I just want to say that right at this moment, as I’m writing this, a space probe has just travelled a total of 6 billion kilometers so it can rendezvous with 4.5 billion year old comet 67P/Churyumov-Gerasimenko, one of the remaining ancient building blocks of our solar system, and the probe is right now entering orbit around it as the first man made object ever to orbit a comet. Some time after completing the orbital maneuvers it will release a lander (Philae) which will touch down on the surface of the comet as the first ever man made object to land on a comet. The research gleaned from Rosetta and it’s companion Philae will help shed even further light on the origins of the solar system and how, eventually, planet Earth came to be.

And we can all follow all of these historical achievements in real time on the internet. Isn’t this at least a little bit cool?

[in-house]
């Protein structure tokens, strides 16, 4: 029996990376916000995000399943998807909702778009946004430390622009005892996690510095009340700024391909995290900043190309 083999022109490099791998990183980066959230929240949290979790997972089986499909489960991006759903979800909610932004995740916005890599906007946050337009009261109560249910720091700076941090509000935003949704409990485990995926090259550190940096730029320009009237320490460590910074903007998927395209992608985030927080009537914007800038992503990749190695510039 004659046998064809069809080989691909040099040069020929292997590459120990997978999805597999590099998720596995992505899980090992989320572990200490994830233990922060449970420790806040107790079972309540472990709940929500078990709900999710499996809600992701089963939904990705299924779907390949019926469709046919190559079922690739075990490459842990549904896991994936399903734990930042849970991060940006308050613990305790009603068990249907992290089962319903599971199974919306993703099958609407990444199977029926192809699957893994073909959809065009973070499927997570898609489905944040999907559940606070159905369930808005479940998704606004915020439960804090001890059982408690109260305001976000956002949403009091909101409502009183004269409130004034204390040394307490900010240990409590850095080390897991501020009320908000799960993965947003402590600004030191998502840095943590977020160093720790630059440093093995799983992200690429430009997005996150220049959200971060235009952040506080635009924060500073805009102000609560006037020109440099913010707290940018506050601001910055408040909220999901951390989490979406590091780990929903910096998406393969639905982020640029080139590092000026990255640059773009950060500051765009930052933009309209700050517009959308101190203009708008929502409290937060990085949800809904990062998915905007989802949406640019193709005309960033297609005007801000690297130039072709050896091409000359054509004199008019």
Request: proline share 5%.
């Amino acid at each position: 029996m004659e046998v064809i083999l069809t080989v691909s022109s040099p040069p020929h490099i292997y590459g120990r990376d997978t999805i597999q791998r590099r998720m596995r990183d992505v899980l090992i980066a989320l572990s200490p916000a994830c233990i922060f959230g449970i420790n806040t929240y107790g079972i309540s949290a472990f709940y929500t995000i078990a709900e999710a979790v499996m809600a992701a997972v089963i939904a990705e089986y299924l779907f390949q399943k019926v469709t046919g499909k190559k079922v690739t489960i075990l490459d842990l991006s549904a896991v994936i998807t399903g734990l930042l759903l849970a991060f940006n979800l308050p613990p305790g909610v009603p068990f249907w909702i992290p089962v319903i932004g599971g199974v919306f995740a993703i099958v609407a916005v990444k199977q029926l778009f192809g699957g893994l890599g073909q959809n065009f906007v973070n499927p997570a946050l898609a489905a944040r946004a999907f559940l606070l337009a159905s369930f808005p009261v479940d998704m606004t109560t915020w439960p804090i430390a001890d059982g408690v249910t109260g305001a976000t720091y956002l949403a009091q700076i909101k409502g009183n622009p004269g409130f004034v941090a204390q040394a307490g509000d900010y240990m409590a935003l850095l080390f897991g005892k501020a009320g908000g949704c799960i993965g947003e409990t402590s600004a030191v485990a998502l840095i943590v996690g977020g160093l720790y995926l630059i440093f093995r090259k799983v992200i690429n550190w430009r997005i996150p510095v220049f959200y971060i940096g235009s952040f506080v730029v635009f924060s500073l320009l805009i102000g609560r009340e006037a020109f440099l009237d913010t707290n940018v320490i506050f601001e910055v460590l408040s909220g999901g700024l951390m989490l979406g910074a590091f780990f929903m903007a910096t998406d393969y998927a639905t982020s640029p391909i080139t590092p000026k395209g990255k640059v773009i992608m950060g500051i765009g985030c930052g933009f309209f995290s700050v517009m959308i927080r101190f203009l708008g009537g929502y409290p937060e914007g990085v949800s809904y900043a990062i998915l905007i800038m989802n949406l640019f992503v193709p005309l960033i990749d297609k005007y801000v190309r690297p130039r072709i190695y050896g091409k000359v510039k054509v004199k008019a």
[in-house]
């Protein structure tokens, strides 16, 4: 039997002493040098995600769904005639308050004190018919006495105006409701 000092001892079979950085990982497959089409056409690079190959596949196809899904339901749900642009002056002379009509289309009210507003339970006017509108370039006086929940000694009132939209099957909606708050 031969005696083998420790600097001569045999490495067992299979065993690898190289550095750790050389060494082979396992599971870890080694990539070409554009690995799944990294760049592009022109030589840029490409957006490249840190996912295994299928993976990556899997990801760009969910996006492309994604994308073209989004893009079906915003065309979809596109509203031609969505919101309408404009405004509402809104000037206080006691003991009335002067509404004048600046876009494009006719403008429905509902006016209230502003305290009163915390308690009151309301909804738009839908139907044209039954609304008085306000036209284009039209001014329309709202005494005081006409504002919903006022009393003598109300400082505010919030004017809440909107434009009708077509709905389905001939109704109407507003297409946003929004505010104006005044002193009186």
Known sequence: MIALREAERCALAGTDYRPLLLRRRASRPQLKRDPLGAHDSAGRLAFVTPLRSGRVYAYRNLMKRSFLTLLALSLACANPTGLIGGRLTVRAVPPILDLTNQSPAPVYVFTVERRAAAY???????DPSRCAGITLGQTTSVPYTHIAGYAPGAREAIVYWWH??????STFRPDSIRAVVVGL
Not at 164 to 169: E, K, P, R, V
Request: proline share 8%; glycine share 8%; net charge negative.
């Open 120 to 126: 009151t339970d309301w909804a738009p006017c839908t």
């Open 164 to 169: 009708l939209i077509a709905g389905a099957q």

(Picture of comet 67P/Churyumov-Gerasimenko as the Rosetta probe was approaching it, some 405 million kilometers from Earth. Photo courtesy of ESA.)

Why should I care about privacy, when I have nothing to hide?


We get this a lot. There are a million answers (our favorite short one is “Nothing to hide? Really?”) but here’s something thoughtful and comprehensive to share with a friend the next time it comes up. The short version? None of the freedom and progress we’ve won over the past century would have been possible without the freedom to change things (starting with our own lives first) that privacy gives us.

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